In this first of this NHS Pension Scheme series we will consider the background to the reforms and why the NHS Pension Scheme is changing.
The current changes are a result of a study by an independent Commission headed by Lord Hutton into Public Sector pensions. The study was tasked with looking at the future affordability, sustainability and fairness of all Public Sector Pensions. The review started in 2010 and reported its findings in March 2011.
The main recommendations of the Commission were that Public Sector Pensions should move away from the Final Salary method of calculating pension benefits to a Career Average Revalued Earnings (CARE) basis, the Normal Pension Age should be increased to be linked to the State Pension Age and contributions should be increased.
After the recommendations were heard there has been years of consultation and negotiation between the Department of Health and trade unions and employer representatives over the detail of the legal framework that the new pension scheme should take. The BMA argued that NHS employees would "pay more in, receive less back and work for longer".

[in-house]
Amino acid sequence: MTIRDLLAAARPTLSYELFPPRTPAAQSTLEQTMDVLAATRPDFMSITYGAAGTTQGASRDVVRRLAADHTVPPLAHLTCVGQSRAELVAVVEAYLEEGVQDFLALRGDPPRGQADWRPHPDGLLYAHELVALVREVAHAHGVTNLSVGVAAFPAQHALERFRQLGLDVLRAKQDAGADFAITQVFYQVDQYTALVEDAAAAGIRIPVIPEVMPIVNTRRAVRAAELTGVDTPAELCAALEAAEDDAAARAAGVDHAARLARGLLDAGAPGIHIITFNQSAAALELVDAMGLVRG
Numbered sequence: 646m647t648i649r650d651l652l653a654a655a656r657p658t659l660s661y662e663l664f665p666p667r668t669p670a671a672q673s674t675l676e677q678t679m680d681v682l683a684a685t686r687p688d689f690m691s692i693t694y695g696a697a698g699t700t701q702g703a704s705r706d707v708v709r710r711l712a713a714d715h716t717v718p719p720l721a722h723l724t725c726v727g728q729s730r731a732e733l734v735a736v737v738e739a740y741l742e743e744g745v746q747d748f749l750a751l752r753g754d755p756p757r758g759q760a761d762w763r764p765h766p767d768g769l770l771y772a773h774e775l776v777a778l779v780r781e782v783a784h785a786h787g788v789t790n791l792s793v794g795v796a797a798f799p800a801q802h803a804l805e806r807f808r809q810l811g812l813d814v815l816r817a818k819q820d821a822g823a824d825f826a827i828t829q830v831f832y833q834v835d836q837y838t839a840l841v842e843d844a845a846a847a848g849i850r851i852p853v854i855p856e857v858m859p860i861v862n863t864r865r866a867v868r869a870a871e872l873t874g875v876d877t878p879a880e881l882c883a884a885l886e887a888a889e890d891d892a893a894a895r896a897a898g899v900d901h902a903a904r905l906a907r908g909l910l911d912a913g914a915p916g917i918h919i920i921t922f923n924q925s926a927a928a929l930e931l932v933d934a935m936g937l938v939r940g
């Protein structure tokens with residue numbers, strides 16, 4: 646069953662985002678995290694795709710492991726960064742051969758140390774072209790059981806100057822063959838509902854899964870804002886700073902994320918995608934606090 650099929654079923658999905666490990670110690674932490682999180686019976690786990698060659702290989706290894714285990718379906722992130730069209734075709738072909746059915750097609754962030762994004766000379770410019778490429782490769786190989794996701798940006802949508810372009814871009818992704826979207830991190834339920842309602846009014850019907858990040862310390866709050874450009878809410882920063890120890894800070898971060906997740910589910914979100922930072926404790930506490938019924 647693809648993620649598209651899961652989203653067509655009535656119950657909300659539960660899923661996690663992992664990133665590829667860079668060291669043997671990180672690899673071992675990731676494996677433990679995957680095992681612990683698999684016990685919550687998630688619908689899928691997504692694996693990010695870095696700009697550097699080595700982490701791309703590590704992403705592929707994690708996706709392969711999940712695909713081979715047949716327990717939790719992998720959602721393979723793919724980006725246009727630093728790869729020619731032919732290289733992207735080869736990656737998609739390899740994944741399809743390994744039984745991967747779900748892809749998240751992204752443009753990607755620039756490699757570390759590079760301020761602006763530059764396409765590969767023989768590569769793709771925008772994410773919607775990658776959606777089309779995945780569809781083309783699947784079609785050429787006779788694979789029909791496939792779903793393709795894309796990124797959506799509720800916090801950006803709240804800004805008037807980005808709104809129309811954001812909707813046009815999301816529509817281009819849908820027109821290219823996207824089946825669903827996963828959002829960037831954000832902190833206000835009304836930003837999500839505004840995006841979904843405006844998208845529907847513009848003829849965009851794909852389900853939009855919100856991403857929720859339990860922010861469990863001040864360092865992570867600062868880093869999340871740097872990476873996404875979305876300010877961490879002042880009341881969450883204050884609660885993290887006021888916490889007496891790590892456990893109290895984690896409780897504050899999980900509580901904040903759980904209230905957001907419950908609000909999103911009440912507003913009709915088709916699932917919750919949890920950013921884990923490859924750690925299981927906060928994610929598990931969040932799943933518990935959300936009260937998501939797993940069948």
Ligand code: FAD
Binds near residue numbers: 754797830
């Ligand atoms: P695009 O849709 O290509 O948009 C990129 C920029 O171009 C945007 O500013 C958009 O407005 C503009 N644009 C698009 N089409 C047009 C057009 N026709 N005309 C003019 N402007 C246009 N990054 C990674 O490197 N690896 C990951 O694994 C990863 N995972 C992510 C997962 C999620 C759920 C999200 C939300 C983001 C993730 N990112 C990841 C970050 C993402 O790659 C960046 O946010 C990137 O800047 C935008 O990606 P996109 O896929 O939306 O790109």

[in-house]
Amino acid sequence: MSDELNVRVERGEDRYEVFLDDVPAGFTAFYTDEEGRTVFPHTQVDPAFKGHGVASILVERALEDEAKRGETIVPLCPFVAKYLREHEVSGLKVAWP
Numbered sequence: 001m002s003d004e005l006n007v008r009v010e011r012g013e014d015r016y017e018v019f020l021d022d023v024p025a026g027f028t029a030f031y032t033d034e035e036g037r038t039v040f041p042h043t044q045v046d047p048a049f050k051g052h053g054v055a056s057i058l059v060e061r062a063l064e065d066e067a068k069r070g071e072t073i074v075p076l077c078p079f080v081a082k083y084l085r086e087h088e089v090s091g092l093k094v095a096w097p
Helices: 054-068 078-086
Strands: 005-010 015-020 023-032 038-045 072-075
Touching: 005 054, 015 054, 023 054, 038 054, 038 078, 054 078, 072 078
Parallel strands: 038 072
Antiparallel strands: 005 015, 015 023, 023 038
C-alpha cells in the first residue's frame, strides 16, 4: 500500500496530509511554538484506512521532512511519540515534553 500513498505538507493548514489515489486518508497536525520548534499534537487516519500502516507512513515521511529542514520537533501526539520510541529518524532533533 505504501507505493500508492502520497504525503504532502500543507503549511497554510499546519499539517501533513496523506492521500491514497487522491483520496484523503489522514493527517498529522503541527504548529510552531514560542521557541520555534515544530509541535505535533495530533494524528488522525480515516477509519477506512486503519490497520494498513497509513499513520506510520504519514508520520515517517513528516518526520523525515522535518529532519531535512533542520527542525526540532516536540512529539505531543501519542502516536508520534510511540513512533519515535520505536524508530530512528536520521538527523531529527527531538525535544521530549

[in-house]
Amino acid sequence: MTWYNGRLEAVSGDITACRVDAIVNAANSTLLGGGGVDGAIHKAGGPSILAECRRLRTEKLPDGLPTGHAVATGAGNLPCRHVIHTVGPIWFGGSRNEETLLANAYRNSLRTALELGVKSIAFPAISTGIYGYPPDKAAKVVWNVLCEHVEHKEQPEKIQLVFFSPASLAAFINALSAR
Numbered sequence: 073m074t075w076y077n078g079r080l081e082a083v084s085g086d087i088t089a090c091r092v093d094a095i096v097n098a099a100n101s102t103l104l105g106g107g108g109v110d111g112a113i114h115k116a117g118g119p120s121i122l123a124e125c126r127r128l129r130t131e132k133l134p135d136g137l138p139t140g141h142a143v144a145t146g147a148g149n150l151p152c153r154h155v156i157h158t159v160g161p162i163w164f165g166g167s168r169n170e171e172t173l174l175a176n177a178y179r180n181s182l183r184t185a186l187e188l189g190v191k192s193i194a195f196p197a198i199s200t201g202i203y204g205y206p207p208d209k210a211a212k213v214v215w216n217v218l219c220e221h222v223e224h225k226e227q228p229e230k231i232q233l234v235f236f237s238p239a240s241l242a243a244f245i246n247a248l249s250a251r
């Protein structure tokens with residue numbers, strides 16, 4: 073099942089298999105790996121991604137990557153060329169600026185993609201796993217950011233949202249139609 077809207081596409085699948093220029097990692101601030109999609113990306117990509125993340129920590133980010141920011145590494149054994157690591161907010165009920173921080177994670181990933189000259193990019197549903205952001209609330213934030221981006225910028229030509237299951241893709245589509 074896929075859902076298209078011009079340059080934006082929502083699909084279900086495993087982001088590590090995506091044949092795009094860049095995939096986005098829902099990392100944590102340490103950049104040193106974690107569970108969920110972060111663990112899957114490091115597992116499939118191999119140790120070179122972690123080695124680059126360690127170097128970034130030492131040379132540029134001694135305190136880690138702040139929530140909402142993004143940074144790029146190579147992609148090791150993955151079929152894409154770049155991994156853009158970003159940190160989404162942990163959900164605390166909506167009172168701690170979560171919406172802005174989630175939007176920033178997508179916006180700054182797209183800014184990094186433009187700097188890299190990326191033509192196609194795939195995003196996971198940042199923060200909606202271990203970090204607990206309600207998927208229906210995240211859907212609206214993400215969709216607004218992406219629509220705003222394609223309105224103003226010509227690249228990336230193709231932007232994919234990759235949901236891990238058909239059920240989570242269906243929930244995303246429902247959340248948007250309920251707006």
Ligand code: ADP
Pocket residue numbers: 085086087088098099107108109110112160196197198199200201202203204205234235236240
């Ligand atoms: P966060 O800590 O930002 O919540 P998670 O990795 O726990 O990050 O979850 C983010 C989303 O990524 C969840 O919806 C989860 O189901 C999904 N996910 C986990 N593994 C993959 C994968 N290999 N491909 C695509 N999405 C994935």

For the NHS Pension Scheme, this meant that this change would happen from 1st April 2015. A brand new NHS Pension Scheme would in effect be created and most (but not all) existing members would be transferred to it.
All members will have complete protection for their accrued pension rights in the old sections of the NHS Pension Scheme. In addition, some members will have full or tapered protection of their future pension rights depending how far they are from their current normal retirement date.